Ramen (Japanese Noodle Soup)

Every person who is broke knows what instant ramen is, how to cook it, and when to eat it. I'm making a fancier version for that special occasion you have more than a dollar in your pocket or for when you're tired of eating that 35 cent a pack, three-for-a-dollar, Top Ramen which is probably all the time. I always think about  the immoral lyrics of Filthy Frank when ever I cook ramen, here they are: "We got chicken and beef to boost the manhood; Anybody want a piece of me will have to get this ramen first; Start with the shrimp and then the fire; If you're fully blazed then this shit'll get you higher; Thirty-five cents a pack, three for a dollar; Unbelievable pricing that's the future of a blue collar worker; And I'm talkin' bout ramen; This shit'll fill you up when you're feeling like an African" This song perfectly symbolizes what instant ramen is and how it has helped our young professional progress in society. I am using shrimp in my recipe, but it can be done using almost any cooked protein.

Pad Thai

Pad Thai is a symbol of Thai nationalism. After World War 2, one of the prime-ministers put all of Thailand's resources into creating a non-wheat based noodle since the latter were proof of dependence on China. God damn Western spies. Pad Thai can be made with either shrimp, chicken, beef, or a combination of all three. But not pork since pork was also proof of dependence on China. I decided to go with shrimp, which I later regretted. So it turns out that these things are like 20 dollars a pound at the store. Lie down, try not to cry, cry a lot. You can make this dish with a prepared Pad Thai sauce or you can make one right at home using palm sugar, tarmarind paste, radish preserve, fish oil, water, and chili paste. I prefer buying it from the store because it is cheaper than buying all the separate ingredients.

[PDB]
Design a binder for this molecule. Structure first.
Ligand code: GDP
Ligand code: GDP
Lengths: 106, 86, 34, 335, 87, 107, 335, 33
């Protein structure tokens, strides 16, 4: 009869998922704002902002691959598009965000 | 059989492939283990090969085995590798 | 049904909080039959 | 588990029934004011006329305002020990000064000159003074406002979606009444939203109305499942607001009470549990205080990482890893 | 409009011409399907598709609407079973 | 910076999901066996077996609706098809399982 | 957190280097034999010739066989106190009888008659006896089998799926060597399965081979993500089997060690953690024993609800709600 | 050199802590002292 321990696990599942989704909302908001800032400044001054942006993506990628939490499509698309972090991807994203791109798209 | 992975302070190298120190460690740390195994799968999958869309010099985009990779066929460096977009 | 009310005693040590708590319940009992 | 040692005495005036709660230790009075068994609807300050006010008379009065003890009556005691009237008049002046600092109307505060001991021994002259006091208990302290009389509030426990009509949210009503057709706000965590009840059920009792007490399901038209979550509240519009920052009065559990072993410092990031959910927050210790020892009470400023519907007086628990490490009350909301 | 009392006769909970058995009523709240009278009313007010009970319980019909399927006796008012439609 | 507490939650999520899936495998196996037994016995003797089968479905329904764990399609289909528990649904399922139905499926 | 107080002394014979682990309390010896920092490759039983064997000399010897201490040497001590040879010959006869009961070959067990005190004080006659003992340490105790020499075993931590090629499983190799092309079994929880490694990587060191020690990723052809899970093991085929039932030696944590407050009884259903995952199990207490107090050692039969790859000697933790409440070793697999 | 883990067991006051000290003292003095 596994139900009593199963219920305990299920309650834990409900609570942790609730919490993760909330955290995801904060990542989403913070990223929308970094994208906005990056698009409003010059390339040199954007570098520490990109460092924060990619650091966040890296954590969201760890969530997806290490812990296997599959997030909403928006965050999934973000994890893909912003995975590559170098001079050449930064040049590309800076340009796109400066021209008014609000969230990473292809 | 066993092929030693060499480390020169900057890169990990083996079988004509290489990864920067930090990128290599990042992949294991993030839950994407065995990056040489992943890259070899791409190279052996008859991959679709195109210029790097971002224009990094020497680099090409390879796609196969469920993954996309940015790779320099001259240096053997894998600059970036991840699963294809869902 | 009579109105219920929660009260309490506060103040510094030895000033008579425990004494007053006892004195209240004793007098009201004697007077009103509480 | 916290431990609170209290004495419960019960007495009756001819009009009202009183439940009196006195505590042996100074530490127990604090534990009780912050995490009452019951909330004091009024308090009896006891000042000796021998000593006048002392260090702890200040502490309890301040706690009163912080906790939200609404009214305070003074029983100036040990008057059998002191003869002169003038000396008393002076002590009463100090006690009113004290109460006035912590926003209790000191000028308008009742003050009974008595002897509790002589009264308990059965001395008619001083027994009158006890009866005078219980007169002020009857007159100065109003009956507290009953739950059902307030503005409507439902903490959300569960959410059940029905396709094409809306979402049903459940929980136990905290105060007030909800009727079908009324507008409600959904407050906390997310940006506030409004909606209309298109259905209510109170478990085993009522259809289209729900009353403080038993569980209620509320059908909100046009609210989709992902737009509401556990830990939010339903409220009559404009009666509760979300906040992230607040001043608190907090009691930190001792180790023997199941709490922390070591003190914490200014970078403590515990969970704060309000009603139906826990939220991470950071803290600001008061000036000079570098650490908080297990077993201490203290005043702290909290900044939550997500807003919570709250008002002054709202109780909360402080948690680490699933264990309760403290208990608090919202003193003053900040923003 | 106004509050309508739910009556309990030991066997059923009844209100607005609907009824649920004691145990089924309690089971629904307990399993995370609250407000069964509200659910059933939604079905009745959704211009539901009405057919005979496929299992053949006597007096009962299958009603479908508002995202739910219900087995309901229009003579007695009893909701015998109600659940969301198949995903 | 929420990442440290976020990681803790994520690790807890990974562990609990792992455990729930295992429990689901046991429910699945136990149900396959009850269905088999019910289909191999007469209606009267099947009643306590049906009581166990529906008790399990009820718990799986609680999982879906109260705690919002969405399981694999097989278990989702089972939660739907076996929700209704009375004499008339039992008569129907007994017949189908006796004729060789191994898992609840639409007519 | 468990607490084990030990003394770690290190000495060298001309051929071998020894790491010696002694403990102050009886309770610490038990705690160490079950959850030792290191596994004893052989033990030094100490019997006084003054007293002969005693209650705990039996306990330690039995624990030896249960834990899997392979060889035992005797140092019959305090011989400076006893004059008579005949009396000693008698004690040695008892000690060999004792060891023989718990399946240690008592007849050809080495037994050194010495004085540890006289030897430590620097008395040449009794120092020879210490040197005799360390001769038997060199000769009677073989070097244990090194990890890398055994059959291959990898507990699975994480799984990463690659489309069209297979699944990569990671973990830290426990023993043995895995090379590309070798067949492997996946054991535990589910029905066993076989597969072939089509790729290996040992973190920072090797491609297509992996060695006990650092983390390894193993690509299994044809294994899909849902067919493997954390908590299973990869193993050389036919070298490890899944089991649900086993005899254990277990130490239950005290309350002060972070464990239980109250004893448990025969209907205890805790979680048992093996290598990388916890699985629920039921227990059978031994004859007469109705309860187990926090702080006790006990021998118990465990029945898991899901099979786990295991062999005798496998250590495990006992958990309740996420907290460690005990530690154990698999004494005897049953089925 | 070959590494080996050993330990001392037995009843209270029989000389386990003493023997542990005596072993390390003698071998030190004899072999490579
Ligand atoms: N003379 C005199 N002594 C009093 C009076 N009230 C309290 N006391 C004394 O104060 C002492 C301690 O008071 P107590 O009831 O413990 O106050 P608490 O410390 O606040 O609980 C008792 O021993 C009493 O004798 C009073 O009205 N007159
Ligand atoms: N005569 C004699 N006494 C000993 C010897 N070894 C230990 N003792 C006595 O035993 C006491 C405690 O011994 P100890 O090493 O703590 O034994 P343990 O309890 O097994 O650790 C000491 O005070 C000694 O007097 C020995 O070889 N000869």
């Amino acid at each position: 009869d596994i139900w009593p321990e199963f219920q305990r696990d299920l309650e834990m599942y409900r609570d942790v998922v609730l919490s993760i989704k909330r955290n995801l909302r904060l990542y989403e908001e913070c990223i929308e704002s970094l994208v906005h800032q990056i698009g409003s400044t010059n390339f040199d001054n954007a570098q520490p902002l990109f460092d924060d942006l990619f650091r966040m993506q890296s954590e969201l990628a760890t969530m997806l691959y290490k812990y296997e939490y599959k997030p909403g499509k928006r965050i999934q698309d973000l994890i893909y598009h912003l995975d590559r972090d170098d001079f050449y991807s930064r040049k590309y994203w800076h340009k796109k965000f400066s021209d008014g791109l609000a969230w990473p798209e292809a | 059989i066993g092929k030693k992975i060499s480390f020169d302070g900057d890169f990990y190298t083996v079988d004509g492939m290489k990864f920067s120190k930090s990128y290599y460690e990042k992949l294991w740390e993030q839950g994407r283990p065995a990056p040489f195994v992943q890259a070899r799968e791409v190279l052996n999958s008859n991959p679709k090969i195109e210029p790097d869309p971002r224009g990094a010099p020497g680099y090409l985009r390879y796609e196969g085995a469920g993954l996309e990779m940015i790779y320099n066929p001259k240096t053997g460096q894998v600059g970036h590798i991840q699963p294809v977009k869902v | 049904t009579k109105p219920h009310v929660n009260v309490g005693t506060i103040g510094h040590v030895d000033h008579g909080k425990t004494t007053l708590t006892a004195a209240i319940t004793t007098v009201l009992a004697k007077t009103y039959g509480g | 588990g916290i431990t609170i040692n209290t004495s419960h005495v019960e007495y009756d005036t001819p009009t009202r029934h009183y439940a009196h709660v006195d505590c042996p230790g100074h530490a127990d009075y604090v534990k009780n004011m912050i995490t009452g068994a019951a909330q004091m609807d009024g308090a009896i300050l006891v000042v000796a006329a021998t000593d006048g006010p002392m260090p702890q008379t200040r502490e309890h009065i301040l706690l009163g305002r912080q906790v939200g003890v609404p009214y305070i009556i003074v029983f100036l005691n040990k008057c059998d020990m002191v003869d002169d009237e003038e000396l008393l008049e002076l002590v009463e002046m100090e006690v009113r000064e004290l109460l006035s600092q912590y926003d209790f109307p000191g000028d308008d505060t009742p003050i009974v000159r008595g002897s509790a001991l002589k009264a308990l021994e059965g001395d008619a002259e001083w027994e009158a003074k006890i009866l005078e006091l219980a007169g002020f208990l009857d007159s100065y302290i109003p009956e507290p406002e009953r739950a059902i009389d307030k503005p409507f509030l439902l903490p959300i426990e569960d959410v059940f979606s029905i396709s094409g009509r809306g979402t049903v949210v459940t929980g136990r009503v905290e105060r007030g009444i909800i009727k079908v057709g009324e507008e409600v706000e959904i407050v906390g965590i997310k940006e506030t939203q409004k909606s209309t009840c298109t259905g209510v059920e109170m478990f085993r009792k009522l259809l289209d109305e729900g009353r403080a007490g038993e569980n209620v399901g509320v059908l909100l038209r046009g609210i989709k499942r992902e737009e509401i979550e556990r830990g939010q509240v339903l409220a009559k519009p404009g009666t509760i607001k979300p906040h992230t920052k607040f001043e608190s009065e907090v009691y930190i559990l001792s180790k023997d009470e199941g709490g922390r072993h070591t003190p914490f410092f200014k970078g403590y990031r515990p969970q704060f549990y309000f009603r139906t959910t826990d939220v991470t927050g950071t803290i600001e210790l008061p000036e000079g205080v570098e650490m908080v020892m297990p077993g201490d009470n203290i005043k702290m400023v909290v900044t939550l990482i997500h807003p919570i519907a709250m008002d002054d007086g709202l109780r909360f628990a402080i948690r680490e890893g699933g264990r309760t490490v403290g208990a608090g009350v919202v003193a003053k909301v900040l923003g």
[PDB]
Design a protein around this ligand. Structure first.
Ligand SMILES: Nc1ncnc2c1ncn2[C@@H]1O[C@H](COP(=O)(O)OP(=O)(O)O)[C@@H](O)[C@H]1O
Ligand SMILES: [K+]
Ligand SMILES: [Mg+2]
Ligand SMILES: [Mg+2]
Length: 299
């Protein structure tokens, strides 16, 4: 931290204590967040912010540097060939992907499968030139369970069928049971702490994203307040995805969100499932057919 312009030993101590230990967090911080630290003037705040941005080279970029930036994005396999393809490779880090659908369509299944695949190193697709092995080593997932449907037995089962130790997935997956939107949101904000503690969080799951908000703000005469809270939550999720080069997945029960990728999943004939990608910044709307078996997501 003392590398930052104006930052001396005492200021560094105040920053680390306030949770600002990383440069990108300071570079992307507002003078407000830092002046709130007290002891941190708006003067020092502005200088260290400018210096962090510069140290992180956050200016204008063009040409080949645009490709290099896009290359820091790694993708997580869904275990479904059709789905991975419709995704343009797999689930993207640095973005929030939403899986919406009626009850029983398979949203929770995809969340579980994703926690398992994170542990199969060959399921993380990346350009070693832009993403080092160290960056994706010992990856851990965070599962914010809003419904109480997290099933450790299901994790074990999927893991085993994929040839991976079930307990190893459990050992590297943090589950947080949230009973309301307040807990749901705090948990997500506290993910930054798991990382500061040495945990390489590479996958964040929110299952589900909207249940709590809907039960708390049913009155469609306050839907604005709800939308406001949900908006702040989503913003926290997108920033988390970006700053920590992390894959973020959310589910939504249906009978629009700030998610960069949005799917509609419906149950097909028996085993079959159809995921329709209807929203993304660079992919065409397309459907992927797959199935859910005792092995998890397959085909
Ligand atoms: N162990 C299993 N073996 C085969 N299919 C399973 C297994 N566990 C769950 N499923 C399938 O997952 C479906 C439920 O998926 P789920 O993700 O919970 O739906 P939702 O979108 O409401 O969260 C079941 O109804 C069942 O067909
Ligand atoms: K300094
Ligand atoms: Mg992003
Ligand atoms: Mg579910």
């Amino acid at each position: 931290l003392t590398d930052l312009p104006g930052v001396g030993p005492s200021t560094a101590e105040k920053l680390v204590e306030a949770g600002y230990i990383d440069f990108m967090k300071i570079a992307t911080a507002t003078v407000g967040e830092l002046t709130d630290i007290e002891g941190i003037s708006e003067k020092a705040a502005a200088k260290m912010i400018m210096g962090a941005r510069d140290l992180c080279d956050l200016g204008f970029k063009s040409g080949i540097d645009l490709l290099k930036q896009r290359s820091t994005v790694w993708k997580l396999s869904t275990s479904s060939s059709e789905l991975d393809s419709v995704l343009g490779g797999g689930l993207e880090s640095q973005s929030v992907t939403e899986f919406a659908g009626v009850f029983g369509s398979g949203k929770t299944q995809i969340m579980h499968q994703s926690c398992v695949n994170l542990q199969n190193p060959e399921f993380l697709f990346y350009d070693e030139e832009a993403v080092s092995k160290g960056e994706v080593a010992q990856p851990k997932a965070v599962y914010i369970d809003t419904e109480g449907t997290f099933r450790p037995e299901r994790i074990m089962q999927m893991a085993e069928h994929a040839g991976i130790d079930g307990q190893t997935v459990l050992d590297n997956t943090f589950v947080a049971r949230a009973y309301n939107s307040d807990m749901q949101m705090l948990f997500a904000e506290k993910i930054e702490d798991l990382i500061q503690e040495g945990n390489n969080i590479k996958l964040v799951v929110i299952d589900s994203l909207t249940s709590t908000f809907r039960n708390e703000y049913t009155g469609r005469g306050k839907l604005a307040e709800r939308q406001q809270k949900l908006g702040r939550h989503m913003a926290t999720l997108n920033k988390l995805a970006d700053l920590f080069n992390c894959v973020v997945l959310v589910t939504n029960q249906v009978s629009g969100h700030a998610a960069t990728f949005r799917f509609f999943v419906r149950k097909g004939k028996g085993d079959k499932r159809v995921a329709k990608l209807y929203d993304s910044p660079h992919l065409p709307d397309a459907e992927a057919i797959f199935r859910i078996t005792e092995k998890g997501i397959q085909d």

Tom Yum Goong (Creamy spicy Thai soup)

Tom Yum Goong is a very famous Thai soup. It is so famous that the Asia Financial Crisis of 1997 is also called the Tom Yum Goong Financial Crisis in Thailand. It all began when the Thai Baht couldn't keep matching with the US Dollar and South East Asia plummeted into financial darkness, kind of similar to my bank account. What a wonderful piece of history. Back to the food, Thai restaurants have a very strange chili rating system, there was a Thai place in New Orleans called Sukhothai which has a spicy rating of 1, 3, 5, and 20. Now I'm an adventurous person and like to take on challenges so I went for the 20. It was so spicy that I felt it in my mouth all the way down to my anus the next morning. My roommate was so worried when I was screaming on the toilet all night long. You can recreate that experience by making this dish at home using extra hot roasted red chili paste.